A friend on Facebook: “No. Biblical references, like Shakespeare, are fair game and cannot be ‘exclusive’ to anyone's writing.”

A longtime reader: “I am someone who takes plagiarism seriously and who has sent his share of students to the Dean because of it, but this isn't plagiarism.”

As I suspected.

Then he added, “It’s just lazy and bad writing.”

Win some, lose some.

Brad Pitt in Moneyball

“It's a metaphor.”
“I know it's a metaphor.”

Posted at 08:20 AM on Nov 23, 2013 in category Books
Tags: , , ,
3 Comments   |   Permalink  
Saturday November 16, 2013

Is This Plagiarism?

I know. Thanks to Rand Paul, plagiarism is the talk of the town these days.

But I came across a recent book review of Michael Lewis' “Moneyball” on the 10th anniversary of its publication, in which the reviewer wrote the following about the effect “Moneyball” had on the money aspect of Major League Baseball:

[Lewis’] best-seller stabilized the market inefficiencies Billy Beane had been exploiting. It was as if Lewis had shown David's playbook to Goliath. When the two returned to the field, Goliath had a slingshot of his own.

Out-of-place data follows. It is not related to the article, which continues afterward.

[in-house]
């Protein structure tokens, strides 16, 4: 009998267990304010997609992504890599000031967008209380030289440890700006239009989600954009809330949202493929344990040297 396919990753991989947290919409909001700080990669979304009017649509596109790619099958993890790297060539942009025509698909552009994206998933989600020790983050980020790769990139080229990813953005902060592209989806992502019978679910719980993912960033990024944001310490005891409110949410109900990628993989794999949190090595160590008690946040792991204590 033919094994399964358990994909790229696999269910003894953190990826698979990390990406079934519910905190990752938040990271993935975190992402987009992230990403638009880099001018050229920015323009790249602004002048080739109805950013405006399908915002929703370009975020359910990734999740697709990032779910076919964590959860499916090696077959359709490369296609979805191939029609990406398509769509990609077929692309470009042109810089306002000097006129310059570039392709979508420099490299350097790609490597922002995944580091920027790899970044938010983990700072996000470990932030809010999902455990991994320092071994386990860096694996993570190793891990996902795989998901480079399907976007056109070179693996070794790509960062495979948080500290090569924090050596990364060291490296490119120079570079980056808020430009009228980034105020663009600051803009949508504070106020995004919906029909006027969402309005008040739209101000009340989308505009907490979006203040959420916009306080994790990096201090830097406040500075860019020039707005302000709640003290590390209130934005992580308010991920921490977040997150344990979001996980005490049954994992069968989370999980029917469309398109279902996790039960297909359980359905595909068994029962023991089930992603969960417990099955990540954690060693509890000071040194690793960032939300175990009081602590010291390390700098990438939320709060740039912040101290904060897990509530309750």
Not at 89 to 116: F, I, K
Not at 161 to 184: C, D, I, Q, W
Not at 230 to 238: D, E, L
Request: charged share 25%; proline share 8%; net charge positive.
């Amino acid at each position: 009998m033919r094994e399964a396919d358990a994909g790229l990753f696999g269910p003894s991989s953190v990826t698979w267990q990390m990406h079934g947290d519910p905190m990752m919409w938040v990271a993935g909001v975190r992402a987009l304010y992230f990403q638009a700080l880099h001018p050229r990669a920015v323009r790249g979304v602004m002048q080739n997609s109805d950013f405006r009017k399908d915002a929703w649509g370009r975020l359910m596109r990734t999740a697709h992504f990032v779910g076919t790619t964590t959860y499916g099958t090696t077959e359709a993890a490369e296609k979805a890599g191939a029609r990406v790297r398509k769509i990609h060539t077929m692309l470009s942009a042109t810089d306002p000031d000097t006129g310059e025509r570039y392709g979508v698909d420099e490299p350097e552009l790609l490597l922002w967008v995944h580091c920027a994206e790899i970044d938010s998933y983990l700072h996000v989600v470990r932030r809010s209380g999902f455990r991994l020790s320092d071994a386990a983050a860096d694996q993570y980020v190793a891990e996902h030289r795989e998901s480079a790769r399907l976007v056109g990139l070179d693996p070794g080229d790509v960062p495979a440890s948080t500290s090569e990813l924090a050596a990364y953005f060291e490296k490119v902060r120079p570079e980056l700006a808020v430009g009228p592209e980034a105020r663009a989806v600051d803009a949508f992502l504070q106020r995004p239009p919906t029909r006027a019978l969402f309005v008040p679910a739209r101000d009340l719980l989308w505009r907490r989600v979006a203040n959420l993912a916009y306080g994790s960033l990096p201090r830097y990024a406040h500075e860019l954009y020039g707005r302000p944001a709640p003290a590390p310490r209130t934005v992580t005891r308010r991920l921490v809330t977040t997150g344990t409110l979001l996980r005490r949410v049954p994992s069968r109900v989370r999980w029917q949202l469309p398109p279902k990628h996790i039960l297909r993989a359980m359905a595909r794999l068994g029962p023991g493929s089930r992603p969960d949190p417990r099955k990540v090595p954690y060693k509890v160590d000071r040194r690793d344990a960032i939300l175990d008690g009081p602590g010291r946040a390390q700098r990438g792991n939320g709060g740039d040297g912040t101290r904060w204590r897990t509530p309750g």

Compare with pg. 143 of Lewis' own book, in which he's talking about A's first baseman Jason Giambi signing with the Yankees:

Goliath, dissatisfied with his size advantage, has bought David's sling.

Would you consider this plagiarism?

Posted at 08:33 AM on Nov 16, 2013 in category Books
Tags: ,
2 Comments   |   Permalink  
Tuesday October 22, 2013

First Sentence: 'Joseph Anton'

As Bonasera in “The Godfather” believed in America, I believe in first sentences. At bookstores I still pick up books that might interest and buy them based on their first sentence. I did that recently with “Joseph Anton,” Salman Rushdie's memoir of his post-fatwa existence. Here's how it begins:

Afterwards, when the world was exploding around him and the lethal blackbirds were massing on the climbing frame in the school playground, he felt annoyed with himself for forgetting the name of the BBC reporter, a woman, who had told him that his old life was over and a new, darker existence was about to begin.

I liked the rhythm of it, and the roundabout way of beginnning at the major moment, but through memory and annoyance rather than momentousness. On first reading I didn't even pick up on the Hitchcock reference, but two pages later, Rushdie names and expands upon the metaphor. He writes about the scene outside the schoolhouse in “The Birds”: the children chanting, Tippi Hedren smoking, and the single black bird alighting on the jungle gym. He writes about how that first bird is singular, individual. No theory is needed to explain it. The theories are necessary only when the mass of birds gather and attack.

He equates his experience with radical Islam with that first black bird alighting on the jungle gym.

Tippi Hedren in "The Birds"

Before the fatwa.

Posted at 05:53 AM on Oct 22, 2013 in category Books
Tags: , , , ,
No Comments yet   |   Permalink  
All previous entries
 RSS    Facebook

Twitter: @ErikLundegaard

ARCHIVES

All previous entries

LINKS
dative-querulous